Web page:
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PKA and cAMP/CNG Channels Independently Regulate the Cholinergic Ca(2+)-Response of Drosophila Mushroom Body Neurons(1,2,3).

Pavot P, Carbognin E, Martin JR - eNeuro (2015)

Bottom Line: Third, genetic manipulation of protein kinase A (PKA), a direct effector of cAMP, suggests that cAMP also has PKA-independent effects through the cyclic nucleotide-gated Ca(2+)-channel (CNG).Finally, the disruption of calmodulin, one of the main regulators of the rutabaga adenylate cyclase (AC), yields different effects in the calyx/cell-bodies and in the lobes, suggesting a differential and regionalized regulation of AC.Our results provide insights into the complex Ca(2+)-response in the MBs, leading to the conclusion that cAMP modulates the Ca(2+)-responses through both PKA-dependent and -independent mechanisms, the latter through CNG-channels.

View Article: PubMed Central - HTML - PubMed

Affiliation: Institut des Neurosciences Paris-Saclay (Neuro-PSI), UMR-9197, CNRS/Université Paris Sud , 91198, Gif-sur-Yvette, France.

ABSTRACT
The mushroom bodies (MBs), one of the main structures in the adult insect brain, play a critical role in olfactory learning and memory. Though historical genes such as dunce and rutabaga, which regulate the level of cAMP, were identified more than 30 years ago, their in vivo effects on cellular and physiological mechanisms and particularly on the Ca(2+)-responses still remain largely unknown. In this work, performed in Drosophila, we took advantage of in vivo bioluminescence imaging, which allowed real-time monitoring of the entire MBs (both the calyx/cell-bodies and the lobes) simultaneously. We imaged neuronal Ca(2+)-activity continuously, over a long time period, and characterized the nicotine-evoked Ca(2+)-response. Using both genetics and pharmacological approaches to interfere with different components of the cAMP signaling pathway, we first show that the Ca(2+)-response is proportional to the levels of cAMP. Second, we reveal that an acute change in cAMP levels is sufficient to trigger a Ca(2+)-response. Third, genetic manipulation of protein kinase A (PKA), a direct effector of cAMP, suggests that cAMP also has PKA-independent effects through the cyclic nucleotide-gated Ca(2+)-channel (CNG). Finally, the disruption of calmodulin, one of the main regulators of the rutabaga adenylate cyclase (AC), yields different effects in the calyx/cell-bodies and in the lobes, suggesting a differential and regionalized regulation of AC. Our results provide insights into the complex Ca(2+)-response in the MBs, leading to the conclusion that cAMP modulates the Ca(2+)-responses through both PKA-dependent and -independent mechanisms, the latter through CNG-channels.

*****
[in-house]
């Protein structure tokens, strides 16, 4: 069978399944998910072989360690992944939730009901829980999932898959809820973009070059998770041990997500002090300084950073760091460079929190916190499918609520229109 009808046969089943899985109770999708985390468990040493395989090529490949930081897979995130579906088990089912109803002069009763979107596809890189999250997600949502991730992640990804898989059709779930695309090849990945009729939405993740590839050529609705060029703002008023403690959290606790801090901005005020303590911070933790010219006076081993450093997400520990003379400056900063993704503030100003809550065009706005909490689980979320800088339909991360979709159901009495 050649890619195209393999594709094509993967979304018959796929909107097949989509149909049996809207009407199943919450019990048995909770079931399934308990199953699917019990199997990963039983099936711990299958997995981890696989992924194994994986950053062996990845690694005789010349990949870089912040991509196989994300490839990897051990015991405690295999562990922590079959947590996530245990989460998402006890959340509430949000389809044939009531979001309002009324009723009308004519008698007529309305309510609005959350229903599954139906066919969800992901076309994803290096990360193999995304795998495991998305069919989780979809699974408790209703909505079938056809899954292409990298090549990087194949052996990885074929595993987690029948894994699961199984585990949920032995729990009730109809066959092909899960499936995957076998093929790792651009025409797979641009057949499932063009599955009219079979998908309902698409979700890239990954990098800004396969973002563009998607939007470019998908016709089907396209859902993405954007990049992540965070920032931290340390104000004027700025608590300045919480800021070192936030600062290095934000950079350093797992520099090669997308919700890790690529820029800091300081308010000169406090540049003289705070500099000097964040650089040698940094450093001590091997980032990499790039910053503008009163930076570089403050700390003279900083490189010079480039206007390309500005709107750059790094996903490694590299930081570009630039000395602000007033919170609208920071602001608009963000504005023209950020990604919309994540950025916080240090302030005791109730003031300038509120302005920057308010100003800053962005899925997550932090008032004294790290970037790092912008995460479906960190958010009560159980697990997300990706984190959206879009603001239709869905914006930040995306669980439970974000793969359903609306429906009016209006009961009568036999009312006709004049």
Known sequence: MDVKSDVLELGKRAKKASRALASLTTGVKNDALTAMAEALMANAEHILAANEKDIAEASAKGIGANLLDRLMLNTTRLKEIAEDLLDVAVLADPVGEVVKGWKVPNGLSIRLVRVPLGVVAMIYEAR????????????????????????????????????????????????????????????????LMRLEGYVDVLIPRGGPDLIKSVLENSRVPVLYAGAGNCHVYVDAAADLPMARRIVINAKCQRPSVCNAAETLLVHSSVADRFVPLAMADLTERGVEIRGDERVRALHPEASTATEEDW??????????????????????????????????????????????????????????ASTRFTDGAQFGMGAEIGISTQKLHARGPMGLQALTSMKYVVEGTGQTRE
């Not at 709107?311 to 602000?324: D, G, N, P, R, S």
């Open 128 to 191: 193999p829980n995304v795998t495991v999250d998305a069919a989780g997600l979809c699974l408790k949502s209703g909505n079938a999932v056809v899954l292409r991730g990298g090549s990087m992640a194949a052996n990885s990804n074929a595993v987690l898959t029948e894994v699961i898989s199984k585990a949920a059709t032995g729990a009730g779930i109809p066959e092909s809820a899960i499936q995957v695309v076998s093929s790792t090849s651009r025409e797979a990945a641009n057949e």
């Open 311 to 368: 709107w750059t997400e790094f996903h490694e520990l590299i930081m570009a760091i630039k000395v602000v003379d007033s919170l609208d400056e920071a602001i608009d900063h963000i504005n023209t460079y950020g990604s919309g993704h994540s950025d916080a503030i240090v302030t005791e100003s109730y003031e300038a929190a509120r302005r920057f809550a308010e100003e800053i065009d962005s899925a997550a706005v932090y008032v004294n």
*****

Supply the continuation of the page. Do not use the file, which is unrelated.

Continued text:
No MeSH data available.


Related in: MedlinePlus

Modulation of nicotine-evoked transient Ca2+-response related to the cAMP pathway through rut. A−D, Bioluminescent Ca2+-activity profile in MBs evoked by nicotine with downregulated cAMP production in rut1 (n = 6), rut2080 (continued in page 7). (n = 7), rut-RNAi(1) (n = 8), and rut-RNAi(2) (n = 6). E−H, Bioluminescent Ca2+-activity evoked by nicotine with upregulated cAMP production in UAS-rut (n = 8), UAS-Gαs* (n = 7), flies incubated 10 min with forskolin (13 μM; n = 6), and flies incubated 10 min with 8Br-cAMP (200 μM; n = 7). I, J, Bioluminescent nicotine-evoked Ca2+-activity with different genetic background controls in Control-RNAi(1) (VDRC-60100: n = 17; I) and in Control-RNAi(2) (VDRC-60000: n = 15; J) as well as in Control-RNAi(2), incubated 10 min with ethanol 1/200 (n = 11; J). Values are mean ± SEM. K, Bioluminescent image (accumulation time: 120 s) of the nicotinic Ca2+-response of a typical fly for each genotype (except for the other controls presented in I and J). L, M, Total number of photons during the nicotine response in the CCB (L) and in the ML (M). N, O, Total duration of the response in the CCB (N) and in the medial lobe (O). Values are mean ± SEM. Statistics: A−D, One-way ANOVA was followed by a planned comparison of the predicted means to compare the levels of the selected effect using the Benjamini-Hochberg's test with rank transformation: *p < 0.05; **p < 0.01; ***p < 0.001 (for complete statistics, see Tables 1 and 2).